Posts Tagged ‘European history’

Jan Potocki: The Manuscript Found In Saragossa

June 15, 2022

     I dug this out to re-read at least a couple of years back, and finally got around to it: why did I take so long? I’d forgotten pretty much everything about it apart from the fact that I’d really enjoyed it first time around. Now I can’t wait to watch the film, which is apparently a 1960s cult classic.

You won’t get much of a summary of the plot, because there isn’t really one, and because it would be impossible. It centres on the bizarre adventures of an officer in the Wallonian army while travelling through Spain in the eighteenth century, but he’s really only the vehicle for an astonishing series of interlinked fantastical tales narrated by a group of different characters, ranging from a gypsy chief, various Spanish nobles, the Wandering Jew and many more. It’s a picaresque ramble rather than a novel, very reminiscent of the nested tales which are the famous Thousand Nights and One Night; it’s fluent, easy reading which rapidly draws you in, and you’re hooked, with no real idea where you will be heading…

The history of Europe in the late 17th and early 18th centuries is woven into the backcloth, but where truth ends and fantasy begins, I have no idea.

Potocki – and if you read any biographical account of his life, you’ll quickly discover what a curious character he was – creates a very wide range of interesting characters who all have tales of varying degrees of complexity to share; the tales are broken off regularly, in the same fairly simple fashion, every evening, and someone’s tale will be resumed, or a new one will start, the following day. Thus there is some suspense of a sort, if you can retain all the different tales and characters in your head.

I found myself wondering what Potocki was trying to achieve, since when he wrote (early 19th century) the novel was rather more developed in terms of plot, style and characterisation in quite a few countries. He certainly comes across as a freethinker in terms of both morals and religion, via the activities and attitudes of his characters. There is also a certain amount of self-reference in terms of the nature of narrative, its complexity and how stories should be told; he engages with his readers, somewhat in the manner of Fielding.

Potocki’s great learning is clearly in evidence, as are his wide travels, and various Faustian aspects are woven into some of the tales: we never know whether the devils are real or not, and our hero never reveals the secret to which he is sworn in the earliest chapters. It works its way to a fair whirlwind of an ending; the whole thing is quite a stunning tour-de-force, and I’m intrigued now to see how on earth anyone managed to turn it into a film. I may report back…

Norman Davies: God’s Playground – A History of Poland (vol1)

April 9, 2022

     It’s well over thirty years since I first came across and read this monumental work by Norman Davies, who is the current expert par excellence on Polish history, so much so that all of his works have been translated into Polish and seem to rank alongside native-born historians’ work…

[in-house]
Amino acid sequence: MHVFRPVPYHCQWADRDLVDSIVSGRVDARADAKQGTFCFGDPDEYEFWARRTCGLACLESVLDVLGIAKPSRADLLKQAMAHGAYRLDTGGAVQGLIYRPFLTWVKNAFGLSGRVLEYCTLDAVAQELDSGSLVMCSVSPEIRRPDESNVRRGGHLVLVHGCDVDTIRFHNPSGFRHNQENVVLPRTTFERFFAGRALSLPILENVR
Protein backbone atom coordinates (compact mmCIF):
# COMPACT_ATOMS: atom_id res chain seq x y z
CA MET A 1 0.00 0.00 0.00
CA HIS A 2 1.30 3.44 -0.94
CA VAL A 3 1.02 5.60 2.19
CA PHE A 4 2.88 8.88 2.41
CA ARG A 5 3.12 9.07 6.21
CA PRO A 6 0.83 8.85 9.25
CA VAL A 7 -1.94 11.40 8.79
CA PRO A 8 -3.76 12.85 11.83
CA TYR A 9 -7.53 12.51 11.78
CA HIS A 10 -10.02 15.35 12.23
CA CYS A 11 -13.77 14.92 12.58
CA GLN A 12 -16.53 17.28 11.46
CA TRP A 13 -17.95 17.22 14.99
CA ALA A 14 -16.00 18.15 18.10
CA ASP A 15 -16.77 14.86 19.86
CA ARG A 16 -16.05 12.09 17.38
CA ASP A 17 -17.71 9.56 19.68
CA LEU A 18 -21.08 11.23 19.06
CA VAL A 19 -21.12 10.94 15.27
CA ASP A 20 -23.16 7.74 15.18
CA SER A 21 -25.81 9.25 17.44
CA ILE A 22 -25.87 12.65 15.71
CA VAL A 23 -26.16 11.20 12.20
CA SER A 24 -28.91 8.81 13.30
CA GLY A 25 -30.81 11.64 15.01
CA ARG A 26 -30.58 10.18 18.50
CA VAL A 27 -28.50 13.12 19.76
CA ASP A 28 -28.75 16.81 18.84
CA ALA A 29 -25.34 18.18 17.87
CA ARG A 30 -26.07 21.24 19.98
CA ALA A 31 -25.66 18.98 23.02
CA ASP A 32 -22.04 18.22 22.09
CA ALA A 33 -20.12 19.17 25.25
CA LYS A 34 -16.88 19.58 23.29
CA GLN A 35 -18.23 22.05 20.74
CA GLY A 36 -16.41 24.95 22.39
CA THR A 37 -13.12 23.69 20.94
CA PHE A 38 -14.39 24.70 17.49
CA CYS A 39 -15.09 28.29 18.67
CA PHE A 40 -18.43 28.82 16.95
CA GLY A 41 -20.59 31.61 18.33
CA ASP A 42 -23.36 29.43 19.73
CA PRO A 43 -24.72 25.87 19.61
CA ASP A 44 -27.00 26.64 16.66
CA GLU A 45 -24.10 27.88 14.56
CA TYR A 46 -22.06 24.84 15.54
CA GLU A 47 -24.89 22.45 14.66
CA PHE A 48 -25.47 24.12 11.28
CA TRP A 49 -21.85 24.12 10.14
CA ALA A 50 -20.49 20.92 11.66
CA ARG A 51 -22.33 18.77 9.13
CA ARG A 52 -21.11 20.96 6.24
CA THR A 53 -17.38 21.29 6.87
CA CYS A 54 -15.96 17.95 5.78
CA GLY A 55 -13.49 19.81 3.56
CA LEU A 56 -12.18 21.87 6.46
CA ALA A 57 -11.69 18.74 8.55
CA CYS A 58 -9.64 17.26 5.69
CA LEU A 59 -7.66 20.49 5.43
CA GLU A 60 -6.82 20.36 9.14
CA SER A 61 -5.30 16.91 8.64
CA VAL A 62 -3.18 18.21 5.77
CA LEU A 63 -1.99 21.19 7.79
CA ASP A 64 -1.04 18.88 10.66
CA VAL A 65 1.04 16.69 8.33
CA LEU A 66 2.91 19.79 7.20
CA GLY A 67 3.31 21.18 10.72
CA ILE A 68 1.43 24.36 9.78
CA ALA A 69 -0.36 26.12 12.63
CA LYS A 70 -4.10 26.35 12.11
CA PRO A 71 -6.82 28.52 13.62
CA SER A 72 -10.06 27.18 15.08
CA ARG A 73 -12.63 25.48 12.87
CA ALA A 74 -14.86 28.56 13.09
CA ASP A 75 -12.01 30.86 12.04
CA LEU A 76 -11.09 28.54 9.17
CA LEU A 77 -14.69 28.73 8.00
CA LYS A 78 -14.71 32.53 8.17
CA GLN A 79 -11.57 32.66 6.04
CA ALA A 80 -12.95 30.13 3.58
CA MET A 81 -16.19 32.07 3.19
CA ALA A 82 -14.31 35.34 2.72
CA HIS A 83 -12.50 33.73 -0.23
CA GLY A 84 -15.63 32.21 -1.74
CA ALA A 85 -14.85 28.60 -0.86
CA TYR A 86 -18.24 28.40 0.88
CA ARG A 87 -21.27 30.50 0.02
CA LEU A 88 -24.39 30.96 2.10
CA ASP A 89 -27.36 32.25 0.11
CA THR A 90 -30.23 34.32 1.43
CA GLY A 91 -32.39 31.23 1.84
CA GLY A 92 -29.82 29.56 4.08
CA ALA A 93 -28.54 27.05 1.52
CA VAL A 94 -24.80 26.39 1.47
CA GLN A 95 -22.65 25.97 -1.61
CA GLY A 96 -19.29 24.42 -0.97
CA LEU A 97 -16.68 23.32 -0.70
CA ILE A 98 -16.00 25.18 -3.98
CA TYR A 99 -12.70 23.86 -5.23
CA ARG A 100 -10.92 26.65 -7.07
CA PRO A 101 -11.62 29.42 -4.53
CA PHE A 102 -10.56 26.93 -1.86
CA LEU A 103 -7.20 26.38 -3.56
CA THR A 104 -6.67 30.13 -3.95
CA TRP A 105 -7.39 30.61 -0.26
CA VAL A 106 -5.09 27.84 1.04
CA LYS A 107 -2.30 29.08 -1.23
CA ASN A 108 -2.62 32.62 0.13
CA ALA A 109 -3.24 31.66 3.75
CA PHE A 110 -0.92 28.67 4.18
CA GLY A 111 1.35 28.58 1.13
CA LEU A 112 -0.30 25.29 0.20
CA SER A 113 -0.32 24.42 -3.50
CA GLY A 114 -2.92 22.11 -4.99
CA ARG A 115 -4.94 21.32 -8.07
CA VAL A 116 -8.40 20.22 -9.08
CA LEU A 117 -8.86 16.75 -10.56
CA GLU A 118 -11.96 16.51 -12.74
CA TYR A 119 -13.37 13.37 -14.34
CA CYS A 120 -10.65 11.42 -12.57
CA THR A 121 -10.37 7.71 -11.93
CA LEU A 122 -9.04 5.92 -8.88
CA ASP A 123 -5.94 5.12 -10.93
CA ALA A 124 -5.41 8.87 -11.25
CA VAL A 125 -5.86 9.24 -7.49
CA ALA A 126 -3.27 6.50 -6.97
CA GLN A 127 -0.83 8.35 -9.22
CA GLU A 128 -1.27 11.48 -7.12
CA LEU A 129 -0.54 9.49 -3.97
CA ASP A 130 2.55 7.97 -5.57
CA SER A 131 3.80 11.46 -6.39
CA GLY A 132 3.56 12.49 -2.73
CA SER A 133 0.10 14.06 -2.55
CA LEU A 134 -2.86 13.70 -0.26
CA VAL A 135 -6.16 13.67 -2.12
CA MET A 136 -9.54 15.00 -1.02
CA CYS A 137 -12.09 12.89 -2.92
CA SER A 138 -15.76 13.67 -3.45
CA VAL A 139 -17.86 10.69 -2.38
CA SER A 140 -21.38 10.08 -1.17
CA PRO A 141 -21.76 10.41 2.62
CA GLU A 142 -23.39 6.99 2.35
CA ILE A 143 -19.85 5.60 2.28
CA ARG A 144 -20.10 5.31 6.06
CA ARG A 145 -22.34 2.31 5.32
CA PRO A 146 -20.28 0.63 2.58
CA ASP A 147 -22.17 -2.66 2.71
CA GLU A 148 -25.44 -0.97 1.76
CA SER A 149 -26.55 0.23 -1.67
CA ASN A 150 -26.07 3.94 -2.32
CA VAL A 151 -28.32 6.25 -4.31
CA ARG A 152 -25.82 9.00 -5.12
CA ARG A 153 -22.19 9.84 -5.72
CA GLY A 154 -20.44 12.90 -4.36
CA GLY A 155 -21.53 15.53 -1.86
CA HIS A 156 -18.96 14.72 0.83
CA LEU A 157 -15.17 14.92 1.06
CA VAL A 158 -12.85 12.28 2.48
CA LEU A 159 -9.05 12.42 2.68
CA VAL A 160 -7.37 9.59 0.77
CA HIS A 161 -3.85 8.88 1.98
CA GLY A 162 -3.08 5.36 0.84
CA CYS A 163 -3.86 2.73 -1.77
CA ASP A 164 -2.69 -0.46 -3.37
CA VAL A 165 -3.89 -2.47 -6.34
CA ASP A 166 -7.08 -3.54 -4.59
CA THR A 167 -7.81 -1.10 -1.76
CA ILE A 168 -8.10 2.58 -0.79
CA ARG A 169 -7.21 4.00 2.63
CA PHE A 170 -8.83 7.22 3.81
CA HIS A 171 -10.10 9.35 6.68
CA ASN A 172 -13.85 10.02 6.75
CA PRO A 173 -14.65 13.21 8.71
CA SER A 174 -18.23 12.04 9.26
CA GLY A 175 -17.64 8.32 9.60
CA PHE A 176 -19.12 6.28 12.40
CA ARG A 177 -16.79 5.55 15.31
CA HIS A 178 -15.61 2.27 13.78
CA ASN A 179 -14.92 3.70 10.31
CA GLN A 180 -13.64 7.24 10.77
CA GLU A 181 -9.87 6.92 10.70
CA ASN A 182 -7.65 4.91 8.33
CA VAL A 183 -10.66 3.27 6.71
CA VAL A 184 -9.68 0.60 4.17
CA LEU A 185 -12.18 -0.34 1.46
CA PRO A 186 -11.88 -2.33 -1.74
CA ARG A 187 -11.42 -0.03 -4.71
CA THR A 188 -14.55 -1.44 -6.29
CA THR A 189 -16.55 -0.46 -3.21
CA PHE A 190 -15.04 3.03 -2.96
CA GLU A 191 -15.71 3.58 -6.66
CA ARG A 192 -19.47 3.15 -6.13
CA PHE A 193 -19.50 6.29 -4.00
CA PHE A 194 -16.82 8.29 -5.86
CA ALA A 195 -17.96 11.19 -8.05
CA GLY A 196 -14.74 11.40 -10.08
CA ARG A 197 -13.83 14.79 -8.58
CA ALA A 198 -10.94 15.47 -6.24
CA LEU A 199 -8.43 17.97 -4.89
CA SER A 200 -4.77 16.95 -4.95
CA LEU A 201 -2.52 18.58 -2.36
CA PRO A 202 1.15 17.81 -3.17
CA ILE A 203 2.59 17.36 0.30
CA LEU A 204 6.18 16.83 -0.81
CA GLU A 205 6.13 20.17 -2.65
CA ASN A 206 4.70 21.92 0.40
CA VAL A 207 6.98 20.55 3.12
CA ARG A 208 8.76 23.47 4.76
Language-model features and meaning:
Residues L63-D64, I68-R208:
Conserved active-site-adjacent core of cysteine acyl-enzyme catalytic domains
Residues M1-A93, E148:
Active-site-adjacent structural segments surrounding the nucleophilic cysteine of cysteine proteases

He begins by making it clear that it’s not merely the physical/ geographical location of Poland in the Central European plain sandwiched between Germany and Russia that creates many of that nation’s difficulties, but also Poland’s rule, and lack of it, too. He manages dexterously to pick his way through the minefield of the borderlands, national allegiances and historical changes in a way only recently paralleled by Timothy Snyder; he also demolishes a good number of nationalist myths and sacred cows along the way. It’s worth reminding ourselves that this history was written in the days of the People’s Republic, too.

There was much intermingling of races and peoples back in the days before the earliest origins of the Polish state in the tenth century, along with mobility of all frontiers: here is an aspect of the region’s history that the British, safe on our little island, repeatedly prove unable to understand. Reading for personal reasons, I’m still trying to unpick the history and geography of the region of my ancestors, on the verges of Poland/Lithuania and Belarus.

The maps are mostly excellent: one really can attempt to understand the complexities of the past millennium with their help, although the chaotic politics and regional warfare over centuries do still go over my head.

There are still surprises to this experienced reader of Polish history: from the stridency and bigotry of the 21st century Polish church, you would never deduce the spirit of toleration during the Reformation era, the lively debates that took place, and the strength of Calvinism at the time. Davies shows us how the nation eventually developed into a bulwark of Catholicism, and this was obviously reinforced by the resistance to Soviet rule, and the election of a Polish pope, some time after Davies was writing this book.